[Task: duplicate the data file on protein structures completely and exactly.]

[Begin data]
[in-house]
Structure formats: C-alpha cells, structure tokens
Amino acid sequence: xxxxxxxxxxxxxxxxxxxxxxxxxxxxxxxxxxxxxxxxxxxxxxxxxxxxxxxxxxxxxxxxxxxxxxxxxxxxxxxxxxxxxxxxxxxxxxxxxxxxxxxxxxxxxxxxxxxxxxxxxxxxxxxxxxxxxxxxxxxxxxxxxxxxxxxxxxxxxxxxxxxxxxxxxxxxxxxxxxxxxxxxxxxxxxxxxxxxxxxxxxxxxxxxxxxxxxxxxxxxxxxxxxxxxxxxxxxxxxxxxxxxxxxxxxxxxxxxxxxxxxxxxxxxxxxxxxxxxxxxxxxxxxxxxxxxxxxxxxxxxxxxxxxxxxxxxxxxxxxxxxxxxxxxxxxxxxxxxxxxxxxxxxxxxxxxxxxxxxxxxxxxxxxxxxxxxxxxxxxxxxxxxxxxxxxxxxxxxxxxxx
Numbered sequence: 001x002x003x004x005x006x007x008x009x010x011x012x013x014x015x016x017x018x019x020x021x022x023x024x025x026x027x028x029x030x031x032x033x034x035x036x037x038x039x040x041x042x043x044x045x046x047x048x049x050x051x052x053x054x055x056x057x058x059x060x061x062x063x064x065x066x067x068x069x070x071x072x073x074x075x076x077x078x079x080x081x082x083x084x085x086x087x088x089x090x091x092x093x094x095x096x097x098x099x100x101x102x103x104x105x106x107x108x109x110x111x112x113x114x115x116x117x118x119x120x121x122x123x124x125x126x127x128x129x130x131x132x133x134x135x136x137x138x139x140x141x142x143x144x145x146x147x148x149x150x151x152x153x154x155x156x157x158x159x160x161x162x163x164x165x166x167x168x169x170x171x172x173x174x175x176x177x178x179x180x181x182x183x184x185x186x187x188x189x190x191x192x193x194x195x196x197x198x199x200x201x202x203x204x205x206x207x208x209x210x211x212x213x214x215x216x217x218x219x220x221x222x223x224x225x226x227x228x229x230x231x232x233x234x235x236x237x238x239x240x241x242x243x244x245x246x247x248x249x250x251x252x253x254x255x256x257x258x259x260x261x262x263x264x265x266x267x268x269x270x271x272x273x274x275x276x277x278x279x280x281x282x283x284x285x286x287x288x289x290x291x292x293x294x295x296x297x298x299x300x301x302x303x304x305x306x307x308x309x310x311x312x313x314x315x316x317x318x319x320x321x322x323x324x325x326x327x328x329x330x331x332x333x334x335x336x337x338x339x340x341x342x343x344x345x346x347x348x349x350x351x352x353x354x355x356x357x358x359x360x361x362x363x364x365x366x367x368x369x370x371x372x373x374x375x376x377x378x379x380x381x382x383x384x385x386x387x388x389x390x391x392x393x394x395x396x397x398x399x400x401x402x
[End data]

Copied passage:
[in-house]
Structure formats: C-alpha cells, structure tokens
Amino acid sequence: xxxxxxxxxxxxxxxxxxxxxxxxxxxxxxxxxxxxxxxxxxxxxxxxxxxxxxxxxxxxxxxxxxxxxxxxxxxxxxxxxxxxxxxxxxxxxxxxxxxxxxxxxxxxxxxxxxxxxxxxxxxxxxxxxxxxxxxxxxxxxxxxxxxxxxxxxxxxxxxxxxxxxxxxxxxxxxxxxxxxxxxxxxxxxxxxxxxxxxxxxxxxxxxxxxxxxxxxxxxxxxxxxxxxxxxxxxxxxxxxxxxxxxxxxxxxxxxxxxxxxxxxxxxxxxxxxxxxxxxxxxxxxxxxxxxxxxxxxxxxxxxxxxxxxxxxxxxxxxxxxxxxxxxxxxxxxxxxxxxxxxxxxxxxxxxxxxxxxxxxxxxxxxxxxxxxxxxxxxxxxxxxxxxxxxxxxxxxxxxxxx
Numbered sequence: 001x002x003x004x005x006x007x008x009x010x011x012x013x014x015x016x017x018x019x020x021x022x023x024x025x026x027x028x029x030x031x032x033x034x035x036x037x038x039x040x041x042x043x044x045x046x047x048x049x050x051x052x053x054x055x056x057x058x059x060x061x062x063x064x065x066x067x068x069x070x071x072x073x074x075x076x077x078x079x080x081x082x083x084x085x086x087x088x089x090x091x092x093x094x095x096x097x098x099x100x101x102x103x104x105x106x107x108x109x110x111x112x113x114x115x116x117x118x119x120x121x122x123x124x125x126x127x128x129x130x131x132x133x134x135x136x137x138x139x140x141x142x143x144x145x146x147x148x149x150x151x152x153x154x155x156x157x158x159x160x161x162x163x164x165x166x167x168x169x170x171x172x173x174x175x176x177x178x179x180x181x182x183x184x185x186x187x188x189x190x191x192x193x194x195x196x197x198x199x200x201x202x203x204x205x206x207x208x209x210x211x212x213x214x215x216x217x218x219x220x221x222x223x224x225x226x227x228x229x230x231x232x233x234x235x236x237x238x239x240x241x242x243x244x245x246x247x248x249x250x251x252x253x254x255x256x257x258x259x260x261x262x263x264x265x266x267x268x269x270x271x272x273x274x275x276x277x278x279x280x281x282x283x284x285x286x287x288x289x290x291x292x293x294x295x296x297x298x299x300x301x302x303x304x305x306x307x308x309x310x311x312x313x314x315x316x317x318x319x320x321x322x323x324x325x326x327x328x329x330x331x332x333x334x335x336x337x338x339x340x341x342x343x344x345x346x347x348x349x350x351x352x353x354x355x356x357x358x359x360x361x362x363x364x365x366x367x368x369x370x371x372x373x374x375x376x377x378x379x380x381x382x383x384x385x386x387x388x389x390x391x392x393x394x395x396x397x398x399x400x401x402x